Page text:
H. N. Hammond


H. N. HAMMOND, president of the First National Bank of Dillonvale, O., and one representative citizens, was born on his father's farm in Smithfield Township, Jefferson County, Ohio, December 13, 1859, and is a son of Nathan and Eliza Ann (Naylor) Hammond.

Nathan Hammond was also a cative of Jefferson County, his father having been one of the very early settlers in Smithfield Township and a part of the land acquired by the latter is still in the Hammond name. Nathan Hammond received a part of his father's estate and engaged here in agricultural pursuits during early and middle life and then turned it over to his sons, retiring to Smithfield, where he died in 1906, aged about eighty years. He married Eliza Ann Naylor, a daughter of John S. Naylor, an early settler, and they had five children: Mary, who married John Copeland; and William, John, Henry N., and George N. The mother died in 1908.

Henry N. Hammond attended the public schools and later, in 1881, graduated from Hopedale College, where he had taken a business course. He came into possession of the old Thomas Hammond farm and continued to engage in agricultural pursuits until 1909, when he sold 113 acres of it to W. A. Henderson. He bought 12 acres upon which he now resides. This property has been finely improved and the name of Windanola has been given it. It is one of the most attractive suburban homes in this section and is located on the east edge of Smithfield.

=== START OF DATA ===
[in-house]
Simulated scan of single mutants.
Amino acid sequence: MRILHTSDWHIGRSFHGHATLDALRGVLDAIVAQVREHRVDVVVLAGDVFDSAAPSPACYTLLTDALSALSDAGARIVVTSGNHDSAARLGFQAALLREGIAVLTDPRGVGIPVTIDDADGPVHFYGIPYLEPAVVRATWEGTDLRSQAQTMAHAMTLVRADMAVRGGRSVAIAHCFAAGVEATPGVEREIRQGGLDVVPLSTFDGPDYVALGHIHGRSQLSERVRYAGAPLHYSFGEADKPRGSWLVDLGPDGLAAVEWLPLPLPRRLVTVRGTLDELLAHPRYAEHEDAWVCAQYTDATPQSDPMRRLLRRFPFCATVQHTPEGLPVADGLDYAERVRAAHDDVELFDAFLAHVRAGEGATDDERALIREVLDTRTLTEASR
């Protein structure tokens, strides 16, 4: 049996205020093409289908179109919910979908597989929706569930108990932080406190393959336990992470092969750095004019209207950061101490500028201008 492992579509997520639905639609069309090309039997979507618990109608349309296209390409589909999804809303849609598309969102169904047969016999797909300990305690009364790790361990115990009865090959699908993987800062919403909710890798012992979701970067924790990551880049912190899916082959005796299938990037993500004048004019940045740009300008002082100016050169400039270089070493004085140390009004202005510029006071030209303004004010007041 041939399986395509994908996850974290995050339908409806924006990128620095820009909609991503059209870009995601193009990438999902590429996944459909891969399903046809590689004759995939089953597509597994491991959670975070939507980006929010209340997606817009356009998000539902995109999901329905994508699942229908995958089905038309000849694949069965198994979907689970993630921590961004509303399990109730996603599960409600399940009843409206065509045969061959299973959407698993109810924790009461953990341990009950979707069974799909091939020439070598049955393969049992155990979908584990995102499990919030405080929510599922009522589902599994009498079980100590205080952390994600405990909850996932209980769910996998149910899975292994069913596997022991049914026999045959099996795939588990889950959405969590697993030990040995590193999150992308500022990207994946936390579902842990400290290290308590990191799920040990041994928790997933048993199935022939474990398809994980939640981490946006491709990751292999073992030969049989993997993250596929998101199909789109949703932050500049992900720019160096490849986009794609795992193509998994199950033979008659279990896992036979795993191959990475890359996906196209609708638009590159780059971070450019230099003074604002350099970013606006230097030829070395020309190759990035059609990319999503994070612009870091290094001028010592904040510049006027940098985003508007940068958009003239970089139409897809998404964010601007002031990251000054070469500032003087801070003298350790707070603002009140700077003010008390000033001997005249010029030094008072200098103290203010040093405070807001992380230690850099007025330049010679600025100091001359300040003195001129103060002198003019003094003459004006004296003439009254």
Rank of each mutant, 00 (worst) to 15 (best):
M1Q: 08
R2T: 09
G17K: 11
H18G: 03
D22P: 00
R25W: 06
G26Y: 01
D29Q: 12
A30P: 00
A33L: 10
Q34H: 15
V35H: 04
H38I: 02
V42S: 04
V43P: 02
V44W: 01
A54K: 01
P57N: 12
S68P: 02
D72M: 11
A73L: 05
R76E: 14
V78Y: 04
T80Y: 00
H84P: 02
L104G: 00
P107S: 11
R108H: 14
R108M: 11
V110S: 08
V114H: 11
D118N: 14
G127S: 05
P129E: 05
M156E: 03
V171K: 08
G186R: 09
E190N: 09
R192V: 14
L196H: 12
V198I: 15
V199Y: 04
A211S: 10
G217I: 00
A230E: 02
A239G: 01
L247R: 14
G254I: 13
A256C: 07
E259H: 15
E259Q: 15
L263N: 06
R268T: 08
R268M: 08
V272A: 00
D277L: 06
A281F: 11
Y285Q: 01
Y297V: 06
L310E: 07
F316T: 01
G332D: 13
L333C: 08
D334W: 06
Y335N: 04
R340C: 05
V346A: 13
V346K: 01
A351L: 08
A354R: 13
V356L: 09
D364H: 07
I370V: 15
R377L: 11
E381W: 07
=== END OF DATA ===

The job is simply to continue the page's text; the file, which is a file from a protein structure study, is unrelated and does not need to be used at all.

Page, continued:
In February, 1882, Mr. Hammond was married to Miss Catherine Sixsmith, a daughter of George and Jane (Lewis) Sixsmith, of Warren Township, both of whom are now deceased. Mr. and Mrs. Hammond have one daughter, Olive, who is the wife of W. E. Crawford, who is teller in the Dillonvale Bank, and they have one child, Catherine.

For three years before he became interested in banking, Mr. Hammond was in the insurance business at Bridgeport, O. He was one of the organizers and one of the leading stockholders in the First National Bank of Dillonvale, and John Henderson was the first president. In 1903 Mr. Hammond became a director and in 1907 became president, succeesing the late Jasper N. Richardson. Politically a Republican, Mr. Hammond is always interested in the success of his party but he lays no claim to being a politician. He comes of an old Quaker family but both he and his wife belong to the Methodist Episcopal Church.

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